Where The Data Comes From
To get a sense of what's possible, it's worthwhile to review where location-based data comes from: both government and telecom providers. Phone switches have address location information for wired phone devices that shows up when you dial 911. Geolocation of IP addresses, which used to be somewhat difficult, has become easier now that private geolocation data providers have worked with ISPs to collect this information.
More recently, given the increase in wireless phone subscribers, the FCC has mandated enhanced 911 functionality for wireless carriers, which seeks to provide more accurate location information both to the carrier (so that it can route the 911 call to the nearest call center) and for the 911 call center (so that it can tell the emergency responder where to go). By 2012, carriers will be required to provide even more precise latitude and longitude. Techniques using tower triangulation have been developed to locate phones that don't have GPS units installed. It's not as accurate as GPS, but it's often good enough.
Location information, which comes through as X, Y, and Z coordinates, is useless if you don't have accurate context information about that set of coordinates. That's where geospatial information systems come in. Most geospatial data originates with local metropolitan or county planning boards, and it's used for purposes ranging from tax collection to sanitation routes to dispatching vehicles for accurate 911 response.
But GIS, unlike the domain name service that powers the Internet or telephone system, isn't universally federated--that is, not all GIS systems can talk to one another or even refer inquiries or lookups to the authoritative source of information. So third parties have popped up to act as clearinghouses of geospatial data.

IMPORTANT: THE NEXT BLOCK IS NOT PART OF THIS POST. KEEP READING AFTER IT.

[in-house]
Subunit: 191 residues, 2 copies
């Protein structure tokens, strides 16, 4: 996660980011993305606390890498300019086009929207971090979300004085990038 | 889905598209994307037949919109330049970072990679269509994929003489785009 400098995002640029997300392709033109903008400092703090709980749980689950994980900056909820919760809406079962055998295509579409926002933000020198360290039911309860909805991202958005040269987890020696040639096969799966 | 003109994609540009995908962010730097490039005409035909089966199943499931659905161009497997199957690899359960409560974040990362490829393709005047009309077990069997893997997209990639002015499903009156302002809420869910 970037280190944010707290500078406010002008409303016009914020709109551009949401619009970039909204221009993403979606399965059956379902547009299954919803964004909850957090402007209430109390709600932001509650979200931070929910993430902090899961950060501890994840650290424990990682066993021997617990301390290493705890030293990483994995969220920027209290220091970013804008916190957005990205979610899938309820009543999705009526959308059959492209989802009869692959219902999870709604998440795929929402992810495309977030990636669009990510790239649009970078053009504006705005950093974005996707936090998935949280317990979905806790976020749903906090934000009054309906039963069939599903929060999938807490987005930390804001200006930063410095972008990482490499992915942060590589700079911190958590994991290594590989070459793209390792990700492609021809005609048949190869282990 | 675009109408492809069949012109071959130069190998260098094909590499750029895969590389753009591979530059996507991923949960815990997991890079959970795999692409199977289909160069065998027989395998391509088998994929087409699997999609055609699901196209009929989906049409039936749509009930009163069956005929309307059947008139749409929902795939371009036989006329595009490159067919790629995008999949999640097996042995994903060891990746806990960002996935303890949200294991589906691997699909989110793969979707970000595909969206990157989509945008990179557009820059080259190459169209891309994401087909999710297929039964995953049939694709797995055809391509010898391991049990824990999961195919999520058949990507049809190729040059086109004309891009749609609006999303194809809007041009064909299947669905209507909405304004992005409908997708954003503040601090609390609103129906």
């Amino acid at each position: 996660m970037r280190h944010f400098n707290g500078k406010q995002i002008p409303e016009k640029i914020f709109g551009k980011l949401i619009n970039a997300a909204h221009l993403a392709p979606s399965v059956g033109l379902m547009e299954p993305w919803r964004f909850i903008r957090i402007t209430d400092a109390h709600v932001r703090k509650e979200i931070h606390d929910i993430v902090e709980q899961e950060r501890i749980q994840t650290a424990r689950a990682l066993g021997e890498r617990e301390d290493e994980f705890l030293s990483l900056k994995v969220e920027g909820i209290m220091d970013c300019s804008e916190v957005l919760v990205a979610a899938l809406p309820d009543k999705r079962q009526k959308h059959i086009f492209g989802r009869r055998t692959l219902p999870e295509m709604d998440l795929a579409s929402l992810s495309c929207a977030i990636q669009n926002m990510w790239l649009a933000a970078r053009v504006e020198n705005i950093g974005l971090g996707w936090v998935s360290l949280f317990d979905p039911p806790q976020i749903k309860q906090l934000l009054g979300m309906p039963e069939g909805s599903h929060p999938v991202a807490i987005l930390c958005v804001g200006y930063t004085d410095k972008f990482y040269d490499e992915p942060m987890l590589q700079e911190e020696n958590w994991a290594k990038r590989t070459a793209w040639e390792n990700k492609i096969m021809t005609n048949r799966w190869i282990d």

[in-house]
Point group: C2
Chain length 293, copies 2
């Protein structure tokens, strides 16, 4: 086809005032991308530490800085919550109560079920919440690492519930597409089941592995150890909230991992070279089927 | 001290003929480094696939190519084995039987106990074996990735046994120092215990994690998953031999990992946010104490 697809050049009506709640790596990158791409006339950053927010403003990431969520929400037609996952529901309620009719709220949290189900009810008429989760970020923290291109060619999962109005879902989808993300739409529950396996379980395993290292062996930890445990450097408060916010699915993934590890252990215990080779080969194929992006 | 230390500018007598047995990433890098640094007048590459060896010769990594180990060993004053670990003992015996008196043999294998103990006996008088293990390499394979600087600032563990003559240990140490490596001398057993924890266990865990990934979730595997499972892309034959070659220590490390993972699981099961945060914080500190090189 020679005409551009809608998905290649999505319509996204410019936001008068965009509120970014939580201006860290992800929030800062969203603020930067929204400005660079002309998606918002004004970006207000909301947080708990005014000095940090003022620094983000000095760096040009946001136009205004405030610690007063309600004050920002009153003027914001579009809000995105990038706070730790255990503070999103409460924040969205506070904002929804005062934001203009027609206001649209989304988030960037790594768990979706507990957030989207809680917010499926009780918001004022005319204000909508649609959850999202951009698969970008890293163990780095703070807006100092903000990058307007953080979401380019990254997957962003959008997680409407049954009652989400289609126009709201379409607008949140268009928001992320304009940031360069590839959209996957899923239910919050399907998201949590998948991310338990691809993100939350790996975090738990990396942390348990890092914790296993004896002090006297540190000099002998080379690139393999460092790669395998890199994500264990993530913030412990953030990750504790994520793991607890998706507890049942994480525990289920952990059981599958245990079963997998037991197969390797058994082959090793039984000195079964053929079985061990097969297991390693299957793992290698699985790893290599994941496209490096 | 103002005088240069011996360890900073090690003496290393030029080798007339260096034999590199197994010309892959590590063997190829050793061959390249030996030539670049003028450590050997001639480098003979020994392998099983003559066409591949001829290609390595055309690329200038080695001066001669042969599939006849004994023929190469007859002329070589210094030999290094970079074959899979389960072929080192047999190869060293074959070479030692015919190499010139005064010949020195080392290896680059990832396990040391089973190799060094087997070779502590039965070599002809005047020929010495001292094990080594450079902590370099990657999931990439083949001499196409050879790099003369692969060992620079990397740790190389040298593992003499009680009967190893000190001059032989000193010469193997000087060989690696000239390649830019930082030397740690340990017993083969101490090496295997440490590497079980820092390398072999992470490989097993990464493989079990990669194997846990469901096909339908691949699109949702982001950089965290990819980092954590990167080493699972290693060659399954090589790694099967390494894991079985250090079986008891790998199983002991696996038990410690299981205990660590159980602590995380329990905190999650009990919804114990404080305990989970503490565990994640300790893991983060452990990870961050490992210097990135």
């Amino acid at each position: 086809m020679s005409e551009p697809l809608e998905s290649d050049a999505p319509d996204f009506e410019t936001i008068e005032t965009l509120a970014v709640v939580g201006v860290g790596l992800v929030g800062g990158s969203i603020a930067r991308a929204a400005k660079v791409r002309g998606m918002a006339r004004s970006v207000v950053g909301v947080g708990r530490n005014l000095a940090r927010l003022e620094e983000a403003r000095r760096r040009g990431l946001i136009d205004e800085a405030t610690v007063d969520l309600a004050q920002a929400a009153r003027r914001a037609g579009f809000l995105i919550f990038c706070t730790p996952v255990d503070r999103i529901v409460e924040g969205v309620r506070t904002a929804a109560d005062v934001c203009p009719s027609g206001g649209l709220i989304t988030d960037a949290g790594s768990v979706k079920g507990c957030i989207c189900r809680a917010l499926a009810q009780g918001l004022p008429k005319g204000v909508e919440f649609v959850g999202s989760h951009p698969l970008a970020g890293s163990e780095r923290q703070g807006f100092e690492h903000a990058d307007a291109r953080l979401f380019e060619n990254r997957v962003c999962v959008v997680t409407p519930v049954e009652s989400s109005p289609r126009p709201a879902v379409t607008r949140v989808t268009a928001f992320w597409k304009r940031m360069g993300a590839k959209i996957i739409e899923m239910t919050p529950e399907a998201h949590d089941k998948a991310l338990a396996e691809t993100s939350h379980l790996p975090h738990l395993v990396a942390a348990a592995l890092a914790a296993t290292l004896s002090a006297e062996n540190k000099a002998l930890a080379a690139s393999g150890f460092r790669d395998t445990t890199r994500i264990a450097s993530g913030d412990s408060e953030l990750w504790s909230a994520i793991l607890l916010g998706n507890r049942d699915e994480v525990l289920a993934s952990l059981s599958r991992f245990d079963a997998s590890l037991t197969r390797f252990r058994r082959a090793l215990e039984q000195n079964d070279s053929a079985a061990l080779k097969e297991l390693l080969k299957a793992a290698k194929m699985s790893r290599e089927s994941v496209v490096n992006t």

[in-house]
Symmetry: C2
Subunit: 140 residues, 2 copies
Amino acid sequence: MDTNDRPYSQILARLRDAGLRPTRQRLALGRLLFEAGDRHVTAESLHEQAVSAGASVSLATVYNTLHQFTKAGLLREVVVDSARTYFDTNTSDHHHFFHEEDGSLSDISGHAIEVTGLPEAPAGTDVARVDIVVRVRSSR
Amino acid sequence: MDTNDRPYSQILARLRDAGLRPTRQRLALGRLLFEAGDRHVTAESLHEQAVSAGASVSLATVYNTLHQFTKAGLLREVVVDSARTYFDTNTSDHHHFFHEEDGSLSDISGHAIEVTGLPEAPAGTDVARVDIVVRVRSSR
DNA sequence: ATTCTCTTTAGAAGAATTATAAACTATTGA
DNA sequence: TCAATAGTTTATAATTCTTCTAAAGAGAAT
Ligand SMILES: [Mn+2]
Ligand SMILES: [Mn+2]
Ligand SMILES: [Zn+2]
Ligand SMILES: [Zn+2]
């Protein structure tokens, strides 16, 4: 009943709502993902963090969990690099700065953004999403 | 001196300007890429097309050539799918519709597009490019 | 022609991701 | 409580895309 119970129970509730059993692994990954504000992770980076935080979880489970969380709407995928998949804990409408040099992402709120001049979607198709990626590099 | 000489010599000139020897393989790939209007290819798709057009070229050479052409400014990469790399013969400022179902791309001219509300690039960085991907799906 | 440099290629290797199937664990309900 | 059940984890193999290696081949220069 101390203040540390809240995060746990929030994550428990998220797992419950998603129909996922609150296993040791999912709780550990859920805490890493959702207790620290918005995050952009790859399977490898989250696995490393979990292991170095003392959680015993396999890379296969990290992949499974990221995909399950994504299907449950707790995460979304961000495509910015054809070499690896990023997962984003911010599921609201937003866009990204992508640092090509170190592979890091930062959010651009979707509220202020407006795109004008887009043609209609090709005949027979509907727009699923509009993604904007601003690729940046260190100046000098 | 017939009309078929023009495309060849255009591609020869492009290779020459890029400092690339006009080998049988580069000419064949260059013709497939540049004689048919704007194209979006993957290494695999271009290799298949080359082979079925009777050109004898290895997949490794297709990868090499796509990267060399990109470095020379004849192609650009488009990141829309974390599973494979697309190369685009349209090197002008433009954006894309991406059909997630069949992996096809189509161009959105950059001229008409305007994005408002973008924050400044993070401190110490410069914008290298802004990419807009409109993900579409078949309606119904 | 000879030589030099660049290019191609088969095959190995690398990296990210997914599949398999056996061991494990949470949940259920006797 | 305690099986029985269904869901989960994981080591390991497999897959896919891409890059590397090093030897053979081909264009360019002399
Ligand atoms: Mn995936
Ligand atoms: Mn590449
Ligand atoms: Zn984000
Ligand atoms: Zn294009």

The most ubiquitous of these is Google, through Google Maps. But it's by no means the only source of comprehensive data or tools. The point is, when you start locating your customers with any type of coordinate system, you need geospatial data if you want to do anything with the point of reference.
Finally, just as the $99 GPS-enabled phone represents the commoditization of location tracking, GIS software, data, and services have been held to the fire of commoditization as well. Companies can enter the market with nothing more than elbow grease and open source software, or relatively inexpensively with commercial or cloud-based offerings.
For example, Gaia GPS is a location-based app for outdoor enthusiasts, which takes advantage of several free data sources including OpenStreetMap and MyTopo. Similarily, an IT organization could get value out of this data. With a small investment in integration and some custom development, a door-to-door retailer, for instance, can leverage this data to build a mobile GPS-enabled app to track success rates in different neighborhoods.
The Enterprise App Connection
While it may be good for a few laughs around the office to know that Gigi checked in at Jack's Celtic Tavern right after work, that's not the kind of business benefit companies are looking for. A location-based app is only interesting in the way that it connects to customers or systems.